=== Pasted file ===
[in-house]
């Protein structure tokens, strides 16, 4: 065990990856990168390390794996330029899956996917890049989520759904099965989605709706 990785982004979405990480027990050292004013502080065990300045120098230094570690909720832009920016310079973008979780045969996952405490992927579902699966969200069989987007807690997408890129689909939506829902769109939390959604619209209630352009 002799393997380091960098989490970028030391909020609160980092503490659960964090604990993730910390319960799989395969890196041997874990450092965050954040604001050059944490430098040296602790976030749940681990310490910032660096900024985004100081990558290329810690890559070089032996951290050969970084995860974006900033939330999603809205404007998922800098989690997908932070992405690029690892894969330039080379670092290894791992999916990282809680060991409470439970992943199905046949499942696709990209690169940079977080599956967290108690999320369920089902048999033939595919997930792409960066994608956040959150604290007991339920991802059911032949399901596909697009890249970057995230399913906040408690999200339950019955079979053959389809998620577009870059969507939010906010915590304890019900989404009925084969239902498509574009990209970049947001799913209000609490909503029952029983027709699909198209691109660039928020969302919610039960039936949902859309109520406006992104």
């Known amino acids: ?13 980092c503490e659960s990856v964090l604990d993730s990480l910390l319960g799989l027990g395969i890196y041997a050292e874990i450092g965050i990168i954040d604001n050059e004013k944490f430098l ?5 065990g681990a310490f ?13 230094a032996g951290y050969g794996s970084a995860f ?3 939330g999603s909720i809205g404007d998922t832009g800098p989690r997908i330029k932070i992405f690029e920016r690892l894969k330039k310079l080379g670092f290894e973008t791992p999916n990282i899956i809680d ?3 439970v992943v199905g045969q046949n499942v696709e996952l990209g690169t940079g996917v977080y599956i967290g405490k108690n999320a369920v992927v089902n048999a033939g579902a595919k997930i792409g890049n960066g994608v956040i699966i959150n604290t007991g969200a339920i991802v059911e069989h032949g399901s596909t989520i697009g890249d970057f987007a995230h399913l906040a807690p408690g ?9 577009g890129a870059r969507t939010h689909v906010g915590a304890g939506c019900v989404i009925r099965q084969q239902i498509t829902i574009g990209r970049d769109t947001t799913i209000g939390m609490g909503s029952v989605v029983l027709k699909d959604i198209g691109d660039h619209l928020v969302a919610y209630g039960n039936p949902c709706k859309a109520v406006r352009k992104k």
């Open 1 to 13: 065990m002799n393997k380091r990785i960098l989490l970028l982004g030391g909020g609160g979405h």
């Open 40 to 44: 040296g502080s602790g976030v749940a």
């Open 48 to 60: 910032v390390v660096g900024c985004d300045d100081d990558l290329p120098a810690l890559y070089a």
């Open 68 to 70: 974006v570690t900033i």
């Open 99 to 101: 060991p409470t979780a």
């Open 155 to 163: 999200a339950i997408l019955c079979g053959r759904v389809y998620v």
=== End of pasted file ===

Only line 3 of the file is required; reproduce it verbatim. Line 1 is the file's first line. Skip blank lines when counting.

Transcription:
């Known amino acids: ?13 980092c503490e659960s990856v964090l604990d993730s990480l910390l319960g799989l027990g395969i890196y041997a050292e874990i450092g965050i990168i954040d604001n050059e004013k944490f430098l ?5 065990g681990a310490f ?13 230094a032996g951290y050969g794996s970084a995860f ?3 939330g999603s909720i809205g404007d998922t832009g800098p989690r997908i330029k932070i992405f690029e920016r690892l894969k330039k310079l080379g670092f290894e973008t791992p999916n990282i899956i809680d ?3 439970v992943v199905g045969q046949n499942v696709e996952l990209g690169t940079g996917v977080y599956i967290g405490k108690n999320a369920v992927v089902n048999a033939g579902a595919k997930i792409g890049n960066g994608v956040i699966i959150n604290t007991g969200a339920i991802v059911e069989h032949g399901s596909t989520i697009g890249d970057f987007a995230h399913l906040a807690p408690g ?9 577009g890129a870059r969507t939010h689909v906010g915590a304890g939506c019900v989404i009925r099965q084969q239902i498509t829902i574009g990209r970049d769109t947001t799913i209000g939390m609490g909503s029952v989605v029983l027709k699909d959604i198209g691109d660039h619209l928020v969302a919610y209630g039960n039936p949902c709706k859309a109520v406006r352009k992104k």